#RareMinds youth campaign-Hannah Baker's story

In support of #YouthMentalHealthAwarenessDay (7th September), Findacure launched the #RareMinds: Youth Campaign and partnered up with RARE Youth Revolution to highlight how rare disease and conditions can affect young people's mental health



October was CRMO Awareness Month & our #RareMinds: Youth Month! Kicking things off is Hannah Baker, sister to C.R.M.O warrior Joseph Baker, who talks about her perspective as a rare sibling


For most of my life, I was the kid that was always sick. Growing up in Boston Massachusetts I was constantly sick—whether it was a cold or a viral infection that was going around—I had it. After years of being sick, the doctor recommended moving to a warmer climate to keep me from catching each and every cold. My parents wanted to do what’s best for me and we packed up and moved to Texas. Almost immediately after we moved to Texas we saw results, I got sick less often and was feeling better. Things settled down for the Baker family, but not for long.

A few years after moving into our house, Joseph broke his leg. We thought nothing of it, he was a very active kid and lots of kids break a bone? Right?

He was casted and it healed within a month or two and we moved on. Later on he broke his leg twice more, which we thought was strange, but didn’t think there was a deeper, underlying problem. He also later had a bone bruise in his arm and a few more injuries that were never breaks but were often more painful than any break would be. During this time I thought he was just super active and athletic and was so thin and frail that the injuries were simply just from being aggressive.


I went through school normally and was having fun with all my friends and the sports I was doing. Around seventh and eighth grade Joseph started to be in a lot of pain and was unable to walk due to all the pain in his legs and back. At one point his back began to hurt so bad from the spasms he had that he would pass out. These spasms terrified me. He would scream in pain for what seemed like forever, would pass out and then wake up disoriented. This was when we all realised this was much more than a few breaks from being active. He was taken to the hospital where he would be given steroids or meds and then shipped out.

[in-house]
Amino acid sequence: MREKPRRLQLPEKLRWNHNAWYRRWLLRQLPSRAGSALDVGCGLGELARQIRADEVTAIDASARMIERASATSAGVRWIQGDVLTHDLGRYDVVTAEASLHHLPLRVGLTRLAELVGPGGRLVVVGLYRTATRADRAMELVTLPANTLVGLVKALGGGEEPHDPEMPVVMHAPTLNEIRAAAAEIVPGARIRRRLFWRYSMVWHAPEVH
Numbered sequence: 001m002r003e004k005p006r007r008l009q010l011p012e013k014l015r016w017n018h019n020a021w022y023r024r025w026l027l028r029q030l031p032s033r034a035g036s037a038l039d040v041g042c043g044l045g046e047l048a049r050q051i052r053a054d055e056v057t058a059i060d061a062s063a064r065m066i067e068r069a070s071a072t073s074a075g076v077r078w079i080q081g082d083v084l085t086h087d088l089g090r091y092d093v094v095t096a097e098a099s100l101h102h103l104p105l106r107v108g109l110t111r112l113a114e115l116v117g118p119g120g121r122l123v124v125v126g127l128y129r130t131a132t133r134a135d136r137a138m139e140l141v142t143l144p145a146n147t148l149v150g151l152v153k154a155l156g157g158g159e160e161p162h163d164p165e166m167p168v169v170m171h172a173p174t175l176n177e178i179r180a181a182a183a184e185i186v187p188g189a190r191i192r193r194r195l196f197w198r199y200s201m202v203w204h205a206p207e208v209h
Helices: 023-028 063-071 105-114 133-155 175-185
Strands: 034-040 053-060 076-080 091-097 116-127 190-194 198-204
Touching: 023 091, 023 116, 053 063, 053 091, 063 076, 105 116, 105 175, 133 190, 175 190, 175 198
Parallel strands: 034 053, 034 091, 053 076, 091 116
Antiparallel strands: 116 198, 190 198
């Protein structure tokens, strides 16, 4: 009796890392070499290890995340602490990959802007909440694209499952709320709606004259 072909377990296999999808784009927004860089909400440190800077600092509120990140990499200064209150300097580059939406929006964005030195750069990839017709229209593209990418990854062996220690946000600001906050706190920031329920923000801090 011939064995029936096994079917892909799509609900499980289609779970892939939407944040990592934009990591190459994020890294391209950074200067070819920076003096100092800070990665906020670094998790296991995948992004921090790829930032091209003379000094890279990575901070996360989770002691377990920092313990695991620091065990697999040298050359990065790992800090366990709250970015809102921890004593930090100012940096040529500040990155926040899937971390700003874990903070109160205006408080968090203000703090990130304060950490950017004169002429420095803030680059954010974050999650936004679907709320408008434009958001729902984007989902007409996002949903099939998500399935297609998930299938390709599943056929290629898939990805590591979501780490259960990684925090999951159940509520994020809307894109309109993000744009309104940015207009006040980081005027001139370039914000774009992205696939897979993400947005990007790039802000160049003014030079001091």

Doctors were telling my mom left and right that there was nothing wrong with him and they didn’t know why the things that happened were happening. My mom refused to give up and found a specialist in Delaware to help us piece together the pieces of the puzzle we were missing. The first diagnosis we were given before Delaware was Osteogenesis Imperfecta, also known as brittle bone disease. This diagnosis was shocking to me. If this is what Joseph truly had his life and mine would drastically change. There would be no more sports or roller coasters. No more running around all the time, no more regular teenage life. When they left for Delaware I stayed back with my grandparents where I tried to continue a regular routine.

This was one of the first times I realized that I wasn’t the one that needed all the attention anymore. I felt lost without my parents around and didn’t know what to do with myself.

When they came back with the diagnosis of C.R.M.O I felt relieved. Maybe I’d have my family back, maybe things would go back to normal. I really thought this was the start of a new era where I would have no worries. However, I was very wrong. Instead, this was the start of trips to Houston every four weeks, meds all the time, and watching Joseph fall into a depression without his sports.


My mom and dad were so busy taking care of Joseph I felt like I was just there for relief, a break from the chaos of schedules, meds, and infusions.

I tried to create the least amount of stress and problems I could. I kept good grades, never caused trouble and kept my friend drama and feelings to myself. I constantly tried to make my parents jobs as easy as possible because I knew they were stressed with everything going on.